Do you know Gyo Fujikawa? She wrote and illustrated more than fifty books for children between 1963 and 1990, and although I'm not sure she qualifies as classic in the Generally Accepted Canon of Kid Lit, she's way up there on my personal list. I had one of her books (Come Follow Me) when I was little, and I loved it so much--treasured it, actually--that while I was working at a bookstore in college I snatched up every one of her books that came through our bargain section (because that's what I could afford as a poor college student working in a bookstore).
The writing itself...isn't that great, honestly. Some of the stories are quite sweet, and they do include things like manners and values and whatnot, but a lot of the books are a kind of random assortment of rhymes, tales, and disjointed one-liners, and the content doesn't really have much of an narrative arc.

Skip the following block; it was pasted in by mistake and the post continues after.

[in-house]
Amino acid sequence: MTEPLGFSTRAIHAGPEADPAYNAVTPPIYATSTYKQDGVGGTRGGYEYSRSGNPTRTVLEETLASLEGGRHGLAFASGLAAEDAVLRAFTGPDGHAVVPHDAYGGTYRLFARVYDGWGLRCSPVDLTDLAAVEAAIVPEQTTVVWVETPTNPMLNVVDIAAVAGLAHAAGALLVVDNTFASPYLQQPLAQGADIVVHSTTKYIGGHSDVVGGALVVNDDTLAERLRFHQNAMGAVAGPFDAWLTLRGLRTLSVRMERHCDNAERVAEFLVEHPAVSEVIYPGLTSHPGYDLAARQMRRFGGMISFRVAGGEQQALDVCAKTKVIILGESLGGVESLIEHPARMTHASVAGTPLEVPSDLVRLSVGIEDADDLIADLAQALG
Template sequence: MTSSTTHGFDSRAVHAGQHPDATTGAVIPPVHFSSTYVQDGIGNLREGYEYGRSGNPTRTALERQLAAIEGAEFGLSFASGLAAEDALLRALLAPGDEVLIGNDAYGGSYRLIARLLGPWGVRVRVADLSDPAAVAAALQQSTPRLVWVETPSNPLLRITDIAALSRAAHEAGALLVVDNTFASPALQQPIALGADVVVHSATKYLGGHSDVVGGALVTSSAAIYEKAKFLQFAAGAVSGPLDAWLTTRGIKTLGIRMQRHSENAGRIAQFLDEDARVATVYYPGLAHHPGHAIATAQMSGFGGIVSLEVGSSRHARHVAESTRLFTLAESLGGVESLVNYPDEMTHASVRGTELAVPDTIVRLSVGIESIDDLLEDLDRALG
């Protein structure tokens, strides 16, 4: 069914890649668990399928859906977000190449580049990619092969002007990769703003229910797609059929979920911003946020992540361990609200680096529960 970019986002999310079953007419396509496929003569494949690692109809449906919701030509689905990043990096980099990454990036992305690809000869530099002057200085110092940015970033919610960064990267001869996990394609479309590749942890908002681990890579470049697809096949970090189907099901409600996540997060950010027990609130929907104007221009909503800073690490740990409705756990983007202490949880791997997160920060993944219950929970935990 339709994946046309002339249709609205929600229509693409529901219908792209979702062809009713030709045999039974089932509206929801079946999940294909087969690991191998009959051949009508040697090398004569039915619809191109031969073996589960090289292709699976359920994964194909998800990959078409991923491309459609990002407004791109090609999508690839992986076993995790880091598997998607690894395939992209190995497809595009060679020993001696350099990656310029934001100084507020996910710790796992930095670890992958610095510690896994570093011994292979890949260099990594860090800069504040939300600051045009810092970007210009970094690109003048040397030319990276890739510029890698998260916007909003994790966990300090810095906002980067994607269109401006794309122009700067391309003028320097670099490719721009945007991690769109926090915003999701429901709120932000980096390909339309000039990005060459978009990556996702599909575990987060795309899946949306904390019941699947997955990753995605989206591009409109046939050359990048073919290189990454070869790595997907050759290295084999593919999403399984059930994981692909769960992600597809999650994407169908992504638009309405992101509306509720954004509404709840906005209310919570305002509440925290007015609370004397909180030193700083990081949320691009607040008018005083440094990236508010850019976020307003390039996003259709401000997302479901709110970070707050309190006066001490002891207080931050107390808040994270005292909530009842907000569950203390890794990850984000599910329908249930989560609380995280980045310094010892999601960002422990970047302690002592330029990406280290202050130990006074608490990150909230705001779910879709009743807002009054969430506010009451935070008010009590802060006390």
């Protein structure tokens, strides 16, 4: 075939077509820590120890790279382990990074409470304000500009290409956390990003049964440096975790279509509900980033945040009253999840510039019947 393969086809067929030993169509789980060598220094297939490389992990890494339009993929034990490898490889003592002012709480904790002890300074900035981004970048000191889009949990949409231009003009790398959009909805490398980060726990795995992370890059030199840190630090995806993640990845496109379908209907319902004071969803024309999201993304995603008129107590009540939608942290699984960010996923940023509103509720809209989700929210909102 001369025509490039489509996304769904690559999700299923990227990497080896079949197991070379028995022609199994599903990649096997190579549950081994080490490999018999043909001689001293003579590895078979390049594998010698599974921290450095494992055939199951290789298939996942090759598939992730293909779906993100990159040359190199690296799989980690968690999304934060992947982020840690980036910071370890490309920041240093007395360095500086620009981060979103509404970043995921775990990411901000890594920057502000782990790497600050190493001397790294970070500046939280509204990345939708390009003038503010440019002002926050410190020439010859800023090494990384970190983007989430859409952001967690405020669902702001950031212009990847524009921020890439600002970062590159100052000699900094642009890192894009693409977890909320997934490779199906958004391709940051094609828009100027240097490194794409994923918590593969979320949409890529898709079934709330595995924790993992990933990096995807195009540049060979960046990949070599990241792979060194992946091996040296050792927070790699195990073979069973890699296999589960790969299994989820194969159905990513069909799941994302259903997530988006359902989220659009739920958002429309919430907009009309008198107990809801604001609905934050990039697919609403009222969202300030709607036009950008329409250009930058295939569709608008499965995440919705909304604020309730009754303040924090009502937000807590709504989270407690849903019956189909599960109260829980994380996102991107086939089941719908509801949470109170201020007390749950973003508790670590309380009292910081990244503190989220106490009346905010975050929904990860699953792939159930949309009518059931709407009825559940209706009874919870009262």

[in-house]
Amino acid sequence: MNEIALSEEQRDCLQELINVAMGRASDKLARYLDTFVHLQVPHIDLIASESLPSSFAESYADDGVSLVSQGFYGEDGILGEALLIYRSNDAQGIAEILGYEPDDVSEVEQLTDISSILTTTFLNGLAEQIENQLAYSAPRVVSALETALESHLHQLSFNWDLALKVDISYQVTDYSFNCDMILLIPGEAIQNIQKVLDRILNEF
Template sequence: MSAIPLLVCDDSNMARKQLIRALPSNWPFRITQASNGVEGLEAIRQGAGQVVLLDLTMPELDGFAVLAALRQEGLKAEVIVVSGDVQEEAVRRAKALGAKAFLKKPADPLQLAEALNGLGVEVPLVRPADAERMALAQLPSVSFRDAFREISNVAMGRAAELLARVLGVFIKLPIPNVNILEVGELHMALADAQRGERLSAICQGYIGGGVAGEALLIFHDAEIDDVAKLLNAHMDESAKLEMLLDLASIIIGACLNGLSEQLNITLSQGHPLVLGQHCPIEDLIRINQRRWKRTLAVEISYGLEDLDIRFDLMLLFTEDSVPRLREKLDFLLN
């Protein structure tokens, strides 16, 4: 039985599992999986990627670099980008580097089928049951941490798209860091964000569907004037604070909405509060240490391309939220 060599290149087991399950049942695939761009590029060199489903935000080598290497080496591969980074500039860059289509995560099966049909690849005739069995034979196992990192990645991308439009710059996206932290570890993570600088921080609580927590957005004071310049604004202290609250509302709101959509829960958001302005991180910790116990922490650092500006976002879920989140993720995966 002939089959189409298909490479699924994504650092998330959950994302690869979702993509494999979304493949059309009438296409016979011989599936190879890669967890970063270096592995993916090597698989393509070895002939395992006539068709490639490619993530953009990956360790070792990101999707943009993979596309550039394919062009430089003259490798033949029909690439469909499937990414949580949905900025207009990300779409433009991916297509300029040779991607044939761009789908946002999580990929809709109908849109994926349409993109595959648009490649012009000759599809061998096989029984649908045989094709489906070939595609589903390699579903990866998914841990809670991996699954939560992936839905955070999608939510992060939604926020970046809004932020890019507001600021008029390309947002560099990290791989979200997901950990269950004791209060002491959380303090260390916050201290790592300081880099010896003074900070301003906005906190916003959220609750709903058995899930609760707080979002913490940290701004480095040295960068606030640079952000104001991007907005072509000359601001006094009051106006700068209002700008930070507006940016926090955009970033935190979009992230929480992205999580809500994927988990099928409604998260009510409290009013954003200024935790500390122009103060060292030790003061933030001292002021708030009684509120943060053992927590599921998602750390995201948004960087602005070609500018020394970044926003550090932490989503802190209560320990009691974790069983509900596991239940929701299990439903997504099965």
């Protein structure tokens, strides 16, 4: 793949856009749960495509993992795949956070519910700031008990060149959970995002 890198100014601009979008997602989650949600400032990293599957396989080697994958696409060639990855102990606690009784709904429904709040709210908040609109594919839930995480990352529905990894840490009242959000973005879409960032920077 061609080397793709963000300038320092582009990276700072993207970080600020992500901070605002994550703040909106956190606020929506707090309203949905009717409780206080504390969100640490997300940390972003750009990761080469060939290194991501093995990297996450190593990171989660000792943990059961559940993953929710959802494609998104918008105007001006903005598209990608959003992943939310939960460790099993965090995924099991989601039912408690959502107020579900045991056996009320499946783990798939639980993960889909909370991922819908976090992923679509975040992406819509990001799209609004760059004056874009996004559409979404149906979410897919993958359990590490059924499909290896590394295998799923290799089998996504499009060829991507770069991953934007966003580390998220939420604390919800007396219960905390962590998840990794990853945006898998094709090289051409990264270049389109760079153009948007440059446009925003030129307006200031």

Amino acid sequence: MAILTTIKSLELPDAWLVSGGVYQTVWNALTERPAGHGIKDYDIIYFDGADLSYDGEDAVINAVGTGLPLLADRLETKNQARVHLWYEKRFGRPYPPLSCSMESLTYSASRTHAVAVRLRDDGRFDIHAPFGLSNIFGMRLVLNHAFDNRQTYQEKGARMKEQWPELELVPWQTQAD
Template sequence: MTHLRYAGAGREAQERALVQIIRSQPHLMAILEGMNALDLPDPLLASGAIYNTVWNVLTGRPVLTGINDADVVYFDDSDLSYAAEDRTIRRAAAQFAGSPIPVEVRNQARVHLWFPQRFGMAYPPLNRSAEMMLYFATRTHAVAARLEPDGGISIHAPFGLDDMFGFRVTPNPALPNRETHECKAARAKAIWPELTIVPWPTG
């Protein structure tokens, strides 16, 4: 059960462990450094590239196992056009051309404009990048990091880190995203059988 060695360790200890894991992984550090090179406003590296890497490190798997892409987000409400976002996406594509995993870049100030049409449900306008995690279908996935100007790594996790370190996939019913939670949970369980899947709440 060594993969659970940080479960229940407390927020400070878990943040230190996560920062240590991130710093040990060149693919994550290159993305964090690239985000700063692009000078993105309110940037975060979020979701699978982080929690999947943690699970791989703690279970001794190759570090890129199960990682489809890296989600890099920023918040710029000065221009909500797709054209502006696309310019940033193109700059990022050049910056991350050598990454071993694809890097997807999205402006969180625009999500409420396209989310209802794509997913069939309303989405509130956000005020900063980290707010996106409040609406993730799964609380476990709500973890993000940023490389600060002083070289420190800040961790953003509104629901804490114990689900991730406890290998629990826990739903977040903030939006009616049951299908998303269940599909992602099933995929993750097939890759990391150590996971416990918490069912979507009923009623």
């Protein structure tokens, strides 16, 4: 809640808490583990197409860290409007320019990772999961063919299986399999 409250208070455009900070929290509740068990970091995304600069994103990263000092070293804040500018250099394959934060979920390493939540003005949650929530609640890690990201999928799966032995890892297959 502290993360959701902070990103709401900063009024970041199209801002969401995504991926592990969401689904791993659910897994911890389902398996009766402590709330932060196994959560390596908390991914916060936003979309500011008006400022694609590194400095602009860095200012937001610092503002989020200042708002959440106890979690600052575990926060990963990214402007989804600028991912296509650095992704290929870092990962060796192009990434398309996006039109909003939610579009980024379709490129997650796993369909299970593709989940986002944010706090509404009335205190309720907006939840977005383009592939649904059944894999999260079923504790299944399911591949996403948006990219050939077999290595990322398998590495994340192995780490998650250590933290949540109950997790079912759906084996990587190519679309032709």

BUT! The illustrations are so wonderful they more than make up for the less-than-brilliant writing.
Aside from featuring adorable kids of all types, the drawings are chock full of the kinds of details that will keep your kids' attentions for hours, whether you ask them questions about what they're seeing ("How many kittens are in this picture?" "What kinds of fruit are being served at this breakfast?") or let them just flip through the pages by themselves. These are my favorite books to bring on plane trips because I only have to bring one and we never run out of things to look at. The illos are full of kids doing fun kid things (dressing up, playing with toys, being silly with their friends), and the backgrounds often feature tiny critters in the foliage or fairies peeking in windows--stuff most kids get a real kick out of finding.
I have such strong memories of the magic of these drawings, and my son is already a big fan too. Our favorites are Oh, What a Busy Day! and A to Z Picture Book. (I could spend 15 minutes on the "B is for babies" page alone.)